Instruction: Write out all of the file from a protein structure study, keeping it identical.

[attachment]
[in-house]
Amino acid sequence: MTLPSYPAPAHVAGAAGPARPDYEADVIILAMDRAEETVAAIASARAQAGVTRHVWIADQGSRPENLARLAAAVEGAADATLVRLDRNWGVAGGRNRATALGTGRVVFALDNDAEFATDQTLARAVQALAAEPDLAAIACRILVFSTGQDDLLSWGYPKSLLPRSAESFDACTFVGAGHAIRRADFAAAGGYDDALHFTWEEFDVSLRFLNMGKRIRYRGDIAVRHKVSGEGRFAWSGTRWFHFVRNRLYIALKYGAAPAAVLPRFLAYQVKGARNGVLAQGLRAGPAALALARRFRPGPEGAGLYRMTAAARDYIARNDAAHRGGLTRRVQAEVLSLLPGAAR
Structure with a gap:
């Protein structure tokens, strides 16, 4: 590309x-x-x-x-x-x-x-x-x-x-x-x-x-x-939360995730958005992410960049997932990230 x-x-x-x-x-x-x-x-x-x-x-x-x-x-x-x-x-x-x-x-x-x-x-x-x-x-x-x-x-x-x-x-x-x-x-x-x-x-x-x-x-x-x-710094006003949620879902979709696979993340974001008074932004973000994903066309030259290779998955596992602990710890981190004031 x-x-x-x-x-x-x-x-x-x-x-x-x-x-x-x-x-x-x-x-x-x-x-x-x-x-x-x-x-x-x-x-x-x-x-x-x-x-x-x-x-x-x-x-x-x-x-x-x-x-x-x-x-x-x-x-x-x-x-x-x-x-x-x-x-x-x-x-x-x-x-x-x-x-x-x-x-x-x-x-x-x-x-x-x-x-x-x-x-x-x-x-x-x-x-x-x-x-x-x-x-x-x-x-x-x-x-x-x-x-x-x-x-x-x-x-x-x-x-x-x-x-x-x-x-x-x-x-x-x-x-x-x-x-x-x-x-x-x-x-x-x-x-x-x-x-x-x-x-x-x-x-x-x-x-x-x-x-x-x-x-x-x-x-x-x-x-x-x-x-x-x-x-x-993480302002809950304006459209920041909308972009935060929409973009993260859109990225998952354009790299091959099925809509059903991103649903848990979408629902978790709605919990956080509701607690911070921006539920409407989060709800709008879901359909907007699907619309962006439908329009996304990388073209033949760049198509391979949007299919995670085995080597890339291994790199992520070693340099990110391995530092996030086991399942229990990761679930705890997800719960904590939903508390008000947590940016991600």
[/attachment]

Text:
[in-house]
Amino acid sequence: MTLPSYPAPAHVAGAAGPARPDYEADVIILAMDRAEETVAAIASARAQAGVTRHVWIADQGSRPENLARLAAAVEGAADATLVRLDRNWGVAGGRNRATALGTGRVVFALDNDAEFATDQTLARAVQALAAEPDLAAIACRILVFSTGQDDLLSWGYPKSLLPRSAESFDACTFVGAGHAIRRADFAAAGGYDDALHFTWEEFDVSLRFLNMGKRIRYRGDIAVRHKVSGEGRFAWSGTRWFHFVRNRLYIALKYGAAPAAVLPRFLAYQVKGARNGVLAQGLRAGPAALALARRFRPGPEGAGLYRMTAAARDYIARNDAAHRGGLTRRVQAEVLSLLPGAAR
Structure with a gap:
């Protein structure tokens, strides 16, 4: 590309x-x-x-x-x-x-x-x-x-x-x-x-x-x-939360995730958005992410960049997932990230 x-x-x-x-x-x-x-x-x-x-x-x-x-x-x-x-x-x-x-x-x-x-x-x-x-x-x-x-x-x-x-x-x-x-x-x-x-x-x-x-x-x-x-710094006003949620879902979709696979993340974001008074932004973000994903066309030259290779998955596992602990710890981190004031 x-x-x-x-x-x-x-x-x-x-x-x-x-x-x-x-x-x-x-x-x-x-x-x-x-x-x-x-x-x-x-x-x-x-x-x-x-x-x-x-x-x-x-x-x-x-x-x-x-x-x-x-x-x-x-x-x-x-x-x-x-x-x-x-x-x-x-x-x-x-x-x-x-x-x-x-x-x-x-x-x-x-x-x-x-x-x-x-x-x-x-x-x-x-x-x-x-x-x-x-x-x-x-x-x-x-x-x-x-x-x-x-x-x-x-x-x-x-x-x-x-x-x-x-x-x-x-x-x-x-x-x-x-x-x-x-x-x-x-x-x-x-x-x-x-x-x-x-x-x-x-x-x-x-x-x-x-x-x-x-x-x-x-x-x-x-x-x-x-x-x-x-x-x-993480302002809950304006459209920041909308972009935060929409973009993260859109990225998952354009790299091959099925809509059903991103649903848990979408629902978790709605919990956080509701607690911070921006539920409407989060709800709008879901359909907007699907619309962006439908329009996304990388073209033949760049198509391979949007299919995670085995080597890339291994790199992520070693340099990110391995530092996030086991399942229990990761679930705890997800719960904590939903508390008000947590940016991600």